I have to admit, I’ve always overlooked Lisbon as a city break destination; it’s fallen foul of the big hitters like Paris, Amsterdam, Barcelona, Berlin, Rome…..the list goes on. To me Portugal was the Algarve, golf, limited culture and not really a cosmopolitan location to while away a couple of days. However, faced with 2012 being our year of travelling to new locations and, after spotting a rather cool looking apartment for rent (at a very cool looking price), the Hubby and I decided to hop on the direct TAP Portugal flight from Manchester to see what Lisbon had to offer.
How surprised were we to find that it’s one of the most enchanting cities we’ve visited?
What’s it all about?
Built over seven hills bordering the River Tagus, Lisbon is a combination of neighbourhoods that tumble into each other. Each boasts its own vibe from the fashionable area of Chaido with its shopping and museums to the café lined boulevards of Baxia which lead to the grandoise Praça do Comércio. The old neighbourhood of Alfama is Lisbon’s ancient heart with its precipitous sloping streets, historic churches and castle whilst the Barrio Alto, a sleepy residential area by day, comes alive at night as locals fill the bars and hip hangouts.
Lisbon doesn’t have the wows in terms of sites, as other cities do, but that’s actually quite nice as we didn’t feel pressured into spending the weekend ticking them off the list. Instead Lisbon has something that most capital cities don’t, a laid back vibe; we eased ourselves into the relaxed way of life and absorbed a city that’s soulful, vibrant and above all totally Portuguese.
What’s there to do?
Here were some of the things the Hubby and I enjoyed:
This is the biggest and cheapest delight. Lisbon is a place of hidden gems that unfold as you wander its pavements, prettily cobbled in black and white mosaics. Around every corner are unpretentious buildings clad in distinctive hand painted ceramic tiles that come in a myriad of colours and patterns; these sit happily next to crumbling and decayed graffiti scarred facades. Lisbon is certainly not a pristine city but it’s more shabby chic than down at heel and it really does add to the charm.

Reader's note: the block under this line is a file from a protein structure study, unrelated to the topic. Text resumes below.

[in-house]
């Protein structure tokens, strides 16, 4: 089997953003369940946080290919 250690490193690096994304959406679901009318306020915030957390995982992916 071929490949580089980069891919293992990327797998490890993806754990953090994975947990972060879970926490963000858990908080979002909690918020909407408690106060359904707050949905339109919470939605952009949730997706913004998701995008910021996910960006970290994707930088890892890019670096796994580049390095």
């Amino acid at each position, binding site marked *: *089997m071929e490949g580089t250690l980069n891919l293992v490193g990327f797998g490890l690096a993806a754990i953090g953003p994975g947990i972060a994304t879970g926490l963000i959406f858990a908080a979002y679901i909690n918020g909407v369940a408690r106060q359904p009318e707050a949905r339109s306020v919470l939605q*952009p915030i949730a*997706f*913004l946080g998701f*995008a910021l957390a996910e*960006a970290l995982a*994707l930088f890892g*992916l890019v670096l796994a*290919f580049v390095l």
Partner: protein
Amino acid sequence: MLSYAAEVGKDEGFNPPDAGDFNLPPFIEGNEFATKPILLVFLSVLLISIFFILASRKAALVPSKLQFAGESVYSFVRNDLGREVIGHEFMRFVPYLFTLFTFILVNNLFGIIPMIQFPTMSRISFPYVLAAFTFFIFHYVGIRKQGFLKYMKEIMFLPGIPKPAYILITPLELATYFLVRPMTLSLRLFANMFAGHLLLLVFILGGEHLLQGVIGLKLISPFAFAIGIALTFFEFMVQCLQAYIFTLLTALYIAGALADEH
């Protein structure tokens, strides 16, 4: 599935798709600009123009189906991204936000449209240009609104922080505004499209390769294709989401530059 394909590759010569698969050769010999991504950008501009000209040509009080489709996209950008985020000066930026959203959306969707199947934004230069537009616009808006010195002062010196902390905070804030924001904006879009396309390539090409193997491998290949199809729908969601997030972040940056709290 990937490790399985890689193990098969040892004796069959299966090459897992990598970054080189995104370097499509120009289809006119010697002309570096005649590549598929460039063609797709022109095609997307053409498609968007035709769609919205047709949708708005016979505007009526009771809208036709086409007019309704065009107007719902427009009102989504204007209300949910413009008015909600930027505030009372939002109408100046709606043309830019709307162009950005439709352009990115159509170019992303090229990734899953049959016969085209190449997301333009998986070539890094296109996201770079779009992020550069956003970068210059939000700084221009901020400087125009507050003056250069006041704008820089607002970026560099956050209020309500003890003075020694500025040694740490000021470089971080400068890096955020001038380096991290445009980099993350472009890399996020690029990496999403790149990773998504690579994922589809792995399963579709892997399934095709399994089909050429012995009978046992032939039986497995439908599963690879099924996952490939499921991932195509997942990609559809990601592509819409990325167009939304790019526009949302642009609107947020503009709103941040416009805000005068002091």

It’s a delight to stumble across Lisbon’s artisanal shops which appear frozen in time. They are all utterly gorgeous and full of character, whether it’s a candle-making shop, a shop so small that only one person can enter at a time to peruse pretty handmade leather gloves or my favourite, one that stocks a jaw dropping array of tinned fish all wrapped in bright retro paper and neatly stacked; the charm of this place is that everything inside – wooden shelving, the till, counter tops – has remained untouched since the shop opened in the 1930’s; except the fish of course.
This is probably Lisbon’s prettiest district. It clings to the hillside in the shadow of the Castle of St George; a maze of narrow alleyways and steep steps which offer wonderful viewpoints (miradouros) over the terracotta roofed houses that cascade down to the river. Save your legs by hopping on the pretty vintage tram (the no 28) as it clatters through the streets winding up to the cathedral and the castle beyond. On a Tuesday and Saturday you can browse the treasure trove of bric-a-brac at Lisbon’s most famous flea market, Feira da Ladra (the Thieves market).